Weathering: The weathering hypothesis proposes that long-term exposure to social and economic stressors resulting from an ecology of disadvantage is one factor driving inequitable racial and ethnic health outcomes. That is to say, people of color, particularly Black people in America, age faster because we live in a racist society. The initial evidence supporting this hypothesis focused on birth outcomes. Scholarship has since expanded to other health disparities related to chronic disease and wear and tear on the body known as allostatic load. The disproportionate rates of mortality related to COVID-19 faced by people of color continue to showcase the reality of racial injustice due, in part, to “weathering.” Supporting anti-racist policies and practices across systems has biological as well as social and economic implications. In other words, addressing systemic racism has an impact on the health and lifespan of people of color.
This week, Health Equity Solutions wrapped up our 2020 Listening Sessions. Input from participants will inform our 2021 legislative agenda.
The effort to declare racism a public health crisis at all levels of government continues. On September 24 the Mashantucket Pequot Tribal Nation became the first tribal nation to make this declaration, joining 17 Connecticut municipalities and hundreds of counties, towns, and states in acknowledging the role racism plays in our systems, ways of being, and health.Easton and Simsbury are the towns that most recently joined this movement.
Last, but certainly not least, please check to make sure you’re registered to vote.
Health Equity Solutions continues our work to center equity in pandemic response and recovery efforts. Part of this work is making sure that a diverse array of voices reach policymakers. Please take our survey or take it again if you have new thoughts to share: English, Spanish, Haitian Creole.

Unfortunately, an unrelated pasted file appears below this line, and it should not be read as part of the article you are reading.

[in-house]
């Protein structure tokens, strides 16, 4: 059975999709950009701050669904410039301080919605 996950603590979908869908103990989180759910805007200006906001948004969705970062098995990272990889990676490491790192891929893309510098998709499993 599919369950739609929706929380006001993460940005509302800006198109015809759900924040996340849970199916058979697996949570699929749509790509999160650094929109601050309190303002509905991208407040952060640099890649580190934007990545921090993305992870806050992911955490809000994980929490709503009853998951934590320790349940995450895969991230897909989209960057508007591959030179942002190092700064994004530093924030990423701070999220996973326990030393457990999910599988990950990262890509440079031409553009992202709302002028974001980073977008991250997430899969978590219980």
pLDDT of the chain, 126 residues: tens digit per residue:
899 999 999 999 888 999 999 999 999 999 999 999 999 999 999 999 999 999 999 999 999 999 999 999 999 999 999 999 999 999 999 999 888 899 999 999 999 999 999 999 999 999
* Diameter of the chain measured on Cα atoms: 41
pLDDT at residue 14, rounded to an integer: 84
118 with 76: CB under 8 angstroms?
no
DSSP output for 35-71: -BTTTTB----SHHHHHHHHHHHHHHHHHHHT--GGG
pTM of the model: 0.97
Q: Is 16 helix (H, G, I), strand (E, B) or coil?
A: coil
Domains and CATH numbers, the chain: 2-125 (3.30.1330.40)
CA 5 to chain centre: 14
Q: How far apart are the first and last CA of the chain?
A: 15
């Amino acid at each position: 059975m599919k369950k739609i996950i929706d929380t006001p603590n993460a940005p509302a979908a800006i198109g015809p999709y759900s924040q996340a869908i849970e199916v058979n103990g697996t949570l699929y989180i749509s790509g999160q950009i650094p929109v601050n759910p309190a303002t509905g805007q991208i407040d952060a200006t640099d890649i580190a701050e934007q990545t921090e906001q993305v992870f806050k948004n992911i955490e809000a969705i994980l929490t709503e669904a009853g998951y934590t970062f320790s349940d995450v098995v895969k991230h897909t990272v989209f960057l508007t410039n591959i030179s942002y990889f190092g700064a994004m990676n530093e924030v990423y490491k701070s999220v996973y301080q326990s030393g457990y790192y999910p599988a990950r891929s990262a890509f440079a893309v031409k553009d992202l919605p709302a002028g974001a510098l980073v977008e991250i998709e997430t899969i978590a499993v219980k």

Interested in the results? Summary results are regularly updated here.
This month, we dug into how the pandemic is affecting health disparities. This issue brief by the Kaiser Family Foundation analyzed health records for COVID-19 testing, infection, hospitalization, and death by race/ethnicity and found that disparities persist even when controlling for underlying conditions and socio-demographic factors. We also reviewed this commentary in the New England Journal of Medicine cautioning that sharing disparities data without context can reinforce false assumptions about biology and behavior.
Taken together, these articles point to the complexity of policy-making and the need to embed anti-racism in all policies. For example, policies to prevent the spread of COVID-19 may increase inequities in cancer deaths. We need to track and discuss these inequities to assess whether or not strategies to promote equity are effective, but if we do so without context, we risk reinforcing stereotypes and biases that contribute to racial disparities in health.
At HES we are grateful that you join us in the journey of considering these factors and working towards health justice in Connecticut.
Geronimus, A. T., Hicken, M., Keene, D., & Bound, J. (2006). "Weathering" and age patterns of allostatic load scores among blacks and whites in the United States. American journal of public health, 96(5), 826–833. https://doi.org/10.2105/AJPH.2004.060749
Forde, A. T., Crookes, D. M., Suglia, S. F., & Demmer, R. T. (2019). The weathering hypothesis as an explanation for racial disparities in health: a systematic review. Annals of epidemiology, 33, 1-18.